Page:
6. #6

    Default Re: Interested in modifying my LED taillights

    Quote Originally Posted by Optical Inferno View Post
    Pretty sure what you are wanting to do is illegal unless you are replacing it with an OEM part. The LEDs are set to a certain brightness level for a reason
    That is correct. Homemade/home-modified vehicle lights are not legal or safe.

    As for the reverse light...I'm pretty sure that is illegal also. You won't get the same image from an LED in a housing that was designed for an Incandescent light source.
    That is also correct.

    anonymoususer, please bear in mind that Rule 11 of this board prohibits advocating illegal activity.

  7. #7

    Default Re: Interested in modifying my LED taillights

    I have seen loads of LED brake and turn signals going out, especially on big trucks. Not the entire assembly mind you, but half or 3/4 of the assembly out. Not sure if the big trucks face a more rough life than in cars, but it sure seems like they aren't as robust IMO...but they should be more robust than incandescent shouldn't they?

  8. #8
    *Flashaholic* PhotonWrangler's Avatar
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    Default Re: Interested in modifying my LED taillights

    One would think the pcbs would be shock mounted. I see a lot of third brake light failures on cars where a portion of the string will go out. The number of failures that I've seen are fairly surprising. Has to be poor solder joints and/or poor shock mounting resulting in cracked traces.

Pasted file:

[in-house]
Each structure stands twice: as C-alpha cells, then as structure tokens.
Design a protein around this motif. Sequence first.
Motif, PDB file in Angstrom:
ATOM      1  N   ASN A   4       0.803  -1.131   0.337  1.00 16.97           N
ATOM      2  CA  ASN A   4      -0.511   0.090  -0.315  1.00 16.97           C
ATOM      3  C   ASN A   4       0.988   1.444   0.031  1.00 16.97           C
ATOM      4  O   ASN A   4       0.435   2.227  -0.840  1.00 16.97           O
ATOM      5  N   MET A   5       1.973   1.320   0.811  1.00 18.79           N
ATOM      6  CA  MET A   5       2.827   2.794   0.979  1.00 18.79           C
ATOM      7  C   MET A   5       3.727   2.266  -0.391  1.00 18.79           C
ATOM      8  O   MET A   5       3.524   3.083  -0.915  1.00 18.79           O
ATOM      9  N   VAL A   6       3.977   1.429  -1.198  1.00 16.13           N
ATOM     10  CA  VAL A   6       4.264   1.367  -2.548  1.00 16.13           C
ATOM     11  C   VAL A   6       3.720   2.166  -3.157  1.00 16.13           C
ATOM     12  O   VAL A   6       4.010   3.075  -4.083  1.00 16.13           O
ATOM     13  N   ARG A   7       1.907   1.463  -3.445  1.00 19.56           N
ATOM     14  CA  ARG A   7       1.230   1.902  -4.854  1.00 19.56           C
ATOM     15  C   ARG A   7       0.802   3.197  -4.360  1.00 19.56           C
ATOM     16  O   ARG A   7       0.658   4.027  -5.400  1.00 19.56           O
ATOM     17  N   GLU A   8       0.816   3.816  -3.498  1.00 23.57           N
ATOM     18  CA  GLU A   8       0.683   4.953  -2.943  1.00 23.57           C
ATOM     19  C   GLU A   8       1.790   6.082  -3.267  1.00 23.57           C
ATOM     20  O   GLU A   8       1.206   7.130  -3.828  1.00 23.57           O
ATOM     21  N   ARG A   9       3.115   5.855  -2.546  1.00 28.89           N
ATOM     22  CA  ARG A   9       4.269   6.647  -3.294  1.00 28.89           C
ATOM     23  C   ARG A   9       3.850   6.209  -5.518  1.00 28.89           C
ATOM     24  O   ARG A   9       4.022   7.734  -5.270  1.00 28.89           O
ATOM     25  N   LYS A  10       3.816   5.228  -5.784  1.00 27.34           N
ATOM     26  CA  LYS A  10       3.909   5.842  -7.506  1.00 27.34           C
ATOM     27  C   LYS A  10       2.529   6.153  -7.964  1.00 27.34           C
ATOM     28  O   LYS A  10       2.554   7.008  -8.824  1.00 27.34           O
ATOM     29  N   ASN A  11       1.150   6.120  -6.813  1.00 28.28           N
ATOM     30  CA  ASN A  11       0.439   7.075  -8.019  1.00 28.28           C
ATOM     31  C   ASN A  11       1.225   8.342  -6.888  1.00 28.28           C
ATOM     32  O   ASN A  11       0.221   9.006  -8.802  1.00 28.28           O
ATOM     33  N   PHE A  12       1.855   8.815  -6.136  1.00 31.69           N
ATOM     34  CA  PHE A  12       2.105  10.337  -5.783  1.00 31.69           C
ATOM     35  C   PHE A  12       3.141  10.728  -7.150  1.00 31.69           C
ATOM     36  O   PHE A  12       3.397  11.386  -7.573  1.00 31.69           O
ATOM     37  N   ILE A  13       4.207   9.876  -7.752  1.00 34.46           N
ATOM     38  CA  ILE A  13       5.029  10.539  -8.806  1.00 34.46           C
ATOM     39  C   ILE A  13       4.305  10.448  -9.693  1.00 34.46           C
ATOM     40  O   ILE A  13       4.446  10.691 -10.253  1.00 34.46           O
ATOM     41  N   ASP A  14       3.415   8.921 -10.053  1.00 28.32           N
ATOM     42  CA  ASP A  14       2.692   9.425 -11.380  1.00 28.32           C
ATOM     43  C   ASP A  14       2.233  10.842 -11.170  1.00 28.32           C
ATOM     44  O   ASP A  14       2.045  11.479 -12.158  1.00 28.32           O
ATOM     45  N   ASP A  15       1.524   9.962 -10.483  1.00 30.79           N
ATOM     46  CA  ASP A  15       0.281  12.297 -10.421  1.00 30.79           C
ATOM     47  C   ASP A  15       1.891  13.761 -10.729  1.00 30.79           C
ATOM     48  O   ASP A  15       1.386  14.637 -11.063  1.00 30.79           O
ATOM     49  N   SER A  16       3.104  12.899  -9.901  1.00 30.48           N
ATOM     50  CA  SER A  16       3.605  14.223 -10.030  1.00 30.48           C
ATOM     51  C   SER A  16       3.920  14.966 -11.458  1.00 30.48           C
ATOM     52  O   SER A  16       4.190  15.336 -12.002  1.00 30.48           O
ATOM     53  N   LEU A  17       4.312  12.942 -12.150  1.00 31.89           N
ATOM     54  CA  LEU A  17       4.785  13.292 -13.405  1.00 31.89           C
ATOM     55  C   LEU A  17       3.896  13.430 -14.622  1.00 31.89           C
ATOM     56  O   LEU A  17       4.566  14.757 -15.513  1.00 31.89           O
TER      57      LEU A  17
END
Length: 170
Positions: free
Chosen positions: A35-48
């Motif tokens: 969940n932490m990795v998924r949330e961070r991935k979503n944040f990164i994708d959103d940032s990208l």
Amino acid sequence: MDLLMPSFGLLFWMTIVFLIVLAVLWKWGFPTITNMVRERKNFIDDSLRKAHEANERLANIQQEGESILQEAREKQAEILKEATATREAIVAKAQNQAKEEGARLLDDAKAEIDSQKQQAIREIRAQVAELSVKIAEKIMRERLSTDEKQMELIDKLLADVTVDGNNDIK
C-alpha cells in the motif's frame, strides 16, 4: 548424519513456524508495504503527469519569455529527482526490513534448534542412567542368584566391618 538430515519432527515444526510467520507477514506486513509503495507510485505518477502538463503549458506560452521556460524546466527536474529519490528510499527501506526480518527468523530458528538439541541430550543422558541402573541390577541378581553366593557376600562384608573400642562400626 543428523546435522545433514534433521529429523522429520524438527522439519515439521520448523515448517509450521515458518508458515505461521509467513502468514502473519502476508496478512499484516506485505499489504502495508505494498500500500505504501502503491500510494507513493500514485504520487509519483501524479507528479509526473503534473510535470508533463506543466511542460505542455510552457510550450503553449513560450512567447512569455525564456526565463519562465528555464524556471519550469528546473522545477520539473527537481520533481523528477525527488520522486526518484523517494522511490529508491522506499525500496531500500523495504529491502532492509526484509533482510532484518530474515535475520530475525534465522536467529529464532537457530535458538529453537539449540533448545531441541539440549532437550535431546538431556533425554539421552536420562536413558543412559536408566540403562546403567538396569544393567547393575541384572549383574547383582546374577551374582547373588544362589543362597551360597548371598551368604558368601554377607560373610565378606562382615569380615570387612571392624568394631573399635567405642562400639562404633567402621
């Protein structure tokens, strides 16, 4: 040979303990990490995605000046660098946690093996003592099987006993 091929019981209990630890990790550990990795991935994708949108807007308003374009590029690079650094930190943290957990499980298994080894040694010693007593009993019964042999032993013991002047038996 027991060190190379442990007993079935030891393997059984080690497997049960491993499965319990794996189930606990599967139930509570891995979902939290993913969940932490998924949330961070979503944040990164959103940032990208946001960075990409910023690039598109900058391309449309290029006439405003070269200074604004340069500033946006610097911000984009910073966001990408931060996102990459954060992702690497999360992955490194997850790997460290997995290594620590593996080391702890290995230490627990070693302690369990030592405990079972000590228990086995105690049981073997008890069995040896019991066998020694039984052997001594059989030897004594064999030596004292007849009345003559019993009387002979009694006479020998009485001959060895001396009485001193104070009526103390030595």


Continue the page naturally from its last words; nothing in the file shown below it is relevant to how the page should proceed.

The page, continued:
9. #9

    Default Re: Interested in modifying my LED taillights

    Quote Originally Posted by LeanBurn View Post
    I have seen loads of LED brake and turn signals going out, especially on big trucks. Not the entire assembly mind you, but half or 3/4 of the assembly out. Not sure if the big trucks face a more rough life than in cars, but it sure seems like they aren't as robust IMO...but they should be more robust than incandescent shouldn't they?
    Truck service is a great deal more intensive and harsh than car service, and there is no product that someone, somewhere, can't and won't make (and people won't buy) cheaper and nastier. Most of the name-brand truck and bus LED lamps hold up very well in service over a respectably and reasonably long lifespan; most of the off-brand cheapies don't.

  10. #10
    Flashaholic* bshanahan14rulz's Avatar
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    Default Re: Interested in modifying my LED taillights

    The motto about getting what you pay for stands true for LED taillamps too. The lamps in the OP looked fairly old, though I still don't think they should have gone out. I'm thinking one of the metal parts they use to make the connections got loosed.

  11. #11

    Default Re: Interested in modifying my LED taillights

    FYI the car is an E46 BMW 3-series (~2000-2006). There is no need to upgrade the LED brake lights on these, they are plenty bright enough. The white bit above the brake light is the indicator (turn signal), the reverse light is to the side of the brake light (on the trunk lid panel) partially out of shot.

  12. #12
    Flashaholic* bshanahan14rulz's Avatar
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    Default Re: Interested in modifying my LED taillights

    Yeah, it's not like they're using 5mm epoxy LEDs, they're good high flux LEDs... snapLEDs, IIRC